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Great Western HOPS piling rates lower than thought

The piling rates achieved by Network Rail’s High Output Plant System (HOPS) are still far below what its business case requires, according to figures supplied to Parliament by the company.

Rail minister Claire Perry MP said that the average number of pilings per shift achieved by Network Rail’s High Output Plant System train during:

  • October to December 2014 was 5.0 piles per shift
  • January to March 2015 was 4.6 piles per shift
  • April to 5 June 2015 was 6.8 piles per shift

These figures, given in answer to a question from shadow rail minister Lilian Greenwood MP, are lower than those given by people involved with the project.

For instance, Great Western route director Patrick Hallgate told an audience at the Railtex conference in mid-May: “I’m pleased to say that in the last three months in particular, we are starting to see production rates expanding. The business case was predicated on being able to put in 18 piles a night, over a six-hour shift…in the last couple of weeks we’ve started to hit the 18 piles.”

Noel Dolphin of Furrer & Frey, which designed the new Series 1 OLE system being used on the Great Western, said on Twitter today that the average has recently risen to 13 piles per six-hour shift. He also said:

And Ian Clarke, performance manager at Amey and project manager for Great Western electrification and delivery of the HOPS said in an award nomination last year: “In June 2014 initial HOPS production shifts had reached a maximum productivity of 7 piles, with a target of 18 piles to be achieved by November 2014.

“The initial mean piling cycle time of 46 minutes was driven down over a number of shifts, to less than 22 minutes, which resulted in a shift placing 20 piled foundations, proving the effect of the improvements. Further improvements have been identified by the operational team who have a clear continuous improvement culture focus on getting ‘better every day.’ These proposed improvements could get the cycle time to around 17 minutes, with the potential to place around 30 foundations per shift.”

Network Rail spokesman Russell Spink said there had been challenges in achieving “consistency” with the nightly outputs of the HOPS train but that performance was improving.

The £40m HOPS, built for Network Rail by Windhoff Bahn- und Anlagentechnik GmbH, is a ‘factory train’ that is 23 carriages long, has three different ‘consists’, and was designed to do at least 18 and potentially up to 30 piles per shift while working adjacent line open (ALO).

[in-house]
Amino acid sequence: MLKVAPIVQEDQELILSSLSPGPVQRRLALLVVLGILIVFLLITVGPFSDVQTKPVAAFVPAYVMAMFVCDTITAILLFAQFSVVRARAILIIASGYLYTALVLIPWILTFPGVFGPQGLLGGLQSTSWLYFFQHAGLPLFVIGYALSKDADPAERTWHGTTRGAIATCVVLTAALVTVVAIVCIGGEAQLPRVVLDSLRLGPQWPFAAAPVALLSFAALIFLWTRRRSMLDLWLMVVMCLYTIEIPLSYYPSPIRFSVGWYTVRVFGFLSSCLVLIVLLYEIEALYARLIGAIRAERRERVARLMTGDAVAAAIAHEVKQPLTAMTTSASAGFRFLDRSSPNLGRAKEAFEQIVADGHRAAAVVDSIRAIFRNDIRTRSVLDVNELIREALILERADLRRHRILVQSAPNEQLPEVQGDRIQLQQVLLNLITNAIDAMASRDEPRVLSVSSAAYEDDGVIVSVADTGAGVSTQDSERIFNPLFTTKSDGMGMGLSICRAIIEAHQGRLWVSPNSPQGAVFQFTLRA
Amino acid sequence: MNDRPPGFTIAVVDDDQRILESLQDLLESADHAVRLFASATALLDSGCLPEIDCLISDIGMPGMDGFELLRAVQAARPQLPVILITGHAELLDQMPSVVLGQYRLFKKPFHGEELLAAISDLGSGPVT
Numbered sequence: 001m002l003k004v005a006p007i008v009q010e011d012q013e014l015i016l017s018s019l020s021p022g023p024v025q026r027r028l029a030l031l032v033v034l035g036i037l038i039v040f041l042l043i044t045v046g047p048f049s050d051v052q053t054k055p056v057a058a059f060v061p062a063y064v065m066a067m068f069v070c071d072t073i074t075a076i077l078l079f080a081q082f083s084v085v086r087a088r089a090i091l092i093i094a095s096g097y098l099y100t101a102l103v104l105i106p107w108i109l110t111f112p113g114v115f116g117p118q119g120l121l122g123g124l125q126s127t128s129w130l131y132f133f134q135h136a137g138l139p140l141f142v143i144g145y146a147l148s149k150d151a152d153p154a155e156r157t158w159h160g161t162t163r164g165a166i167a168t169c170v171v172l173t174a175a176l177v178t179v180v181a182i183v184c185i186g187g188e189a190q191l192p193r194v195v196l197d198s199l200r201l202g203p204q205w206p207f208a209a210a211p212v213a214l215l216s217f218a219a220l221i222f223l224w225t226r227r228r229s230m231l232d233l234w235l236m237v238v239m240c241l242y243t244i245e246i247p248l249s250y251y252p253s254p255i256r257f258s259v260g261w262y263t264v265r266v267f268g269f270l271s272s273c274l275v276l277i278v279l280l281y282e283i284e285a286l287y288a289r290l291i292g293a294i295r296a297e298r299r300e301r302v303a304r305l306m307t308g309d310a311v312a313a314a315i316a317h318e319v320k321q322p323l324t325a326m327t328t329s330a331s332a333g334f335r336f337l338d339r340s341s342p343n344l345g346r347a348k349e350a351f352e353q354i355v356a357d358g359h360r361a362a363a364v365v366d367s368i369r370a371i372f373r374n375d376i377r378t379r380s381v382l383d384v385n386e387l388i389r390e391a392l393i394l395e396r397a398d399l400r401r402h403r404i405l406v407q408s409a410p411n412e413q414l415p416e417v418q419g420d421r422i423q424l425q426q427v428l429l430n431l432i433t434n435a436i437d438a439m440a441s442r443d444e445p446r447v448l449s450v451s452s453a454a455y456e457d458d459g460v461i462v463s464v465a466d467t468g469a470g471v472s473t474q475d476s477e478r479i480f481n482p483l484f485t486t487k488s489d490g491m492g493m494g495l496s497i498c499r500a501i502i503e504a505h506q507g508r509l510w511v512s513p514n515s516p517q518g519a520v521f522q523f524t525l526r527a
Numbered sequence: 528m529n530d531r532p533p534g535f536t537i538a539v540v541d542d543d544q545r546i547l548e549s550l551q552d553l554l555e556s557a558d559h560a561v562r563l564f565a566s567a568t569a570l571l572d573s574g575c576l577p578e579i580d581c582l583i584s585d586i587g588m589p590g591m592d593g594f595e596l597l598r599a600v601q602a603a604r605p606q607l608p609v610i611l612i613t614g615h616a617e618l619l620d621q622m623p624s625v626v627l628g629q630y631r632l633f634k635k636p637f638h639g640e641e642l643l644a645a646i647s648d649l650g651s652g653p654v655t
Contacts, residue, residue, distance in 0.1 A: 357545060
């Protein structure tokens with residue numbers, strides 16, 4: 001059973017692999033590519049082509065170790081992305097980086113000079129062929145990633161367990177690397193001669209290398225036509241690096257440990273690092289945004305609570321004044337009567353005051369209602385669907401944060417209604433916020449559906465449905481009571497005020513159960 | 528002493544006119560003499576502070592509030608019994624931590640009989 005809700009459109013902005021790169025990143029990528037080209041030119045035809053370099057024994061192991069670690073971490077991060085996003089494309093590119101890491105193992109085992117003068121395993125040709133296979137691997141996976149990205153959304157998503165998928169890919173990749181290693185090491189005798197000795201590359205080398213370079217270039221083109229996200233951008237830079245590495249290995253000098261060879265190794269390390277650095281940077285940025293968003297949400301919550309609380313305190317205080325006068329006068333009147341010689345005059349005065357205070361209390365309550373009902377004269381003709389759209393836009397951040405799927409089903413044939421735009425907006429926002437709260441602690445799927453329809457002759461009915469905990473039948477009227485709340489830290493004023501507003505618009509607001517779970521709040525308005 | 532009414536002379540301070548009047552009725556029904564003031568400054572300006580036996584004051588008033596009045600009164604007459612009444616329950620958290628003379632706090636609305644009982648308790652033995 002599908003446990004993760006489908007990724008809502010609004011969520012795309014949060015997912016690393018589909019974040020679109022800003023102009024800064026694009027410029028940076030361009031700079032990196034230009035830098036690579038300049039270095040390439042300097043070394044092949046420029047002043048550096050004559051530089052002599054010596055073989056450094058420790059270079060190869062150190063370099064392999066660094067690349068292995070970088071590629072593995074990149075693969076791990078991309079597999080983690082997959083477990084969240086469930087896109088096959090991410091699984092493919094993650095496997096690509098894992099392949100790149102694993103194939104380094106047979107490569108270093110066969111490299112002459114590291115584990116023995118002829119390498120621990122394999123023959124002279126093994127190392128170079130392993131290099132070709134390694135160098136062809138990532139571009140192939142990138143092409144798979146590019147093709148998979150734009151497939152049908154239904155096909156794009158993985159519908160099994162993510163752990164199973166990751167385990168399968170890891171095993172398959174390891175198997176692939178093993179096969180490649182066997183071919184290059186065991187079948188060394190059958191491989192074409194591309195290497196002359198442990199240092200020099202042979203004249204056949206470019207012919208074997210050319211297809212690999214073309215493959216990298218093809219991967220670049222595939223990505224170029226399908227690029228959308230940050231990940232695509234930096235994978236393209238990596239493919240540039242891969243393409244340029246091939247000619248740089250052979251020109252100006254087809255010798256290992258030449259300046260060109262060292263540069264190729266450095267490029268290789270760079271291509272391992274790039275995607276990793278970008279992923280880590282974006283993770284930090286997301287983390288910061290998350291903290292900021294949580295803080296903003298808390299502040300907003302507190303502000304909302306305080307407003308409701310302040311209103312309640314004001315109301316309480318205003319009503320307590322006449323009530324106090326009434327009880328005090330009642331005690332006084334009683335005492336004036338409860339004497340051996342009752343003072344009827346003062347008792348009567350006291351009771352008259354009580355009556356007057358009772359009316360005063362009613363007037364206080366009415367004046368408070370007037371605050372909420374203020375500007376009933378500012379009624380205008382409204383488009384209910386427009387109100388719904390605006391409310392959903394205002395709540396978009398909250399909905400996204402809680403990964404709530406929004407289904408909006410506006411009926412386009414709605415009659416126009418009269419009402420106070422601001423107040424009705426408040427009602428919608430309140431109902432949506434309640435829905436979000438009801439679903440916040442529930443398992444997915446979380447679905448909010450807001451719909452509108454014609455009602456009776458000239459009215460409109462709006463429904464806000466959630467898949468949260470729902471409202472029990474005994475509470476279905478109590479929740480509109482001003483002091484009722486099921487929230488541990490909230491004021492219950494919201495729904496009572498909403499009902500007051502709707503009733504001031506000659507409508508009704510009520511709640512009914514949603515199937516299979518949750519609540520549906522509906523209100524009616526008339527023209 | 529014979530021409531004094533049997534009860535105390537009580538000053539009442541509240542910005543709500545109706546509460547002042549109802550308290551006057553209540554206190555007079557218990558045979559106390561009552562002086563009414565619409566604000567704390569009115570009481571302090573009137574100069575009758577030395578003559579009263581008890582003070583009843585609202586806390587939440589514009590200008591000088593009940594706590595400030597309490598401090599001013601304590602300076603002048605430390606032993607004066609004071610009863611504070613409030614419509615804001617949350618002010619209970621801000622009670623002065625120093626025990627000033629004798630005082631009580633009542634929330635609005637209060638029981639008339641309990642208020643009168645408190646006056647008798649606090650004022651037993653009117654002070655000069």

Last summer, Saleem Mohammad, programme director for Network Rail’s National Electrification Programme, told RTM: “The equipment is new to us and it’s got to go through its teething, like any new equipment. Whenever you introduce a new technology, there is a learning curve, and perhaps we didn’t factor as much of that in as we should have done in our programme plans.”

Shadow rail minister Lilian Greenwood MP, who has been keeping up the pressure on the Department for Transport over 'who knew what when' as regards the state of Network Rail's CP5 enhancement plans and the recent 'pause', told RTM: "These new figures raise serious questions over the value for money of Network Rail's £40m factory train, and also over the true state of the Great Western electrification project. People in the rail industry have told me that the programme is delayed by two years and unless productivity drastically improves there could be more disappointing news to come."


Nonsuchmike   24/07/2015 at 13:08

Clearly there are going to be teething troubles and a steep learning curve when new technology is employed in any work situation. Why should railways be any different? My guess is that the "average" will gradually move up as this Government flexes its muscles, probably to around 12 - 14 hits per shift in the winter months and 14 - 18 in the summer ones. It was all those pesky Lib Dems' fault as they slowed everything down by supporting the Not for Profit East Coast line!

Gwrmike   24/07/2015 at 14:26

That happens when you ask a leading supplier to design a state of the art System, keep them working on it for years and at the very last moment you choose a product from a `more competitive` supplier. Buy cheap-buy twice.

Justin Davey   24/07/2015 at 15:26

This article overlooks a number of critical issues. Firstly, the availability of unclouded foundation design. Secondly, the availability of materials to install. Thirdly, the allocated pile size/diameter versus the anticipated pile against which the HOPS specification was developed. To date, as a result of issues with availability of design and/or materials, HOPS has very rarely been sent to site with a full load of piles. This means that the production rates have not been reliably established: the machine typically runs out of design/piles before it runs out of time on site. The reported 4.6 to 6.8 piles installed per shift should been seen in light of a single-digit average number of available piles per shift. HOPS was designed to install piles in a high output fashion, but it is not being fed in a way that enables this! Inefficient inputs give inefficient outputs.

Kevc   24/07/2015 at 17:39

Cancel the project and reengineer the HST's to get round the emission regulations build a fleet of new carriages with sliding doors etc if the costs keep rising it's only a matter of time before the government pull the plug on the project.

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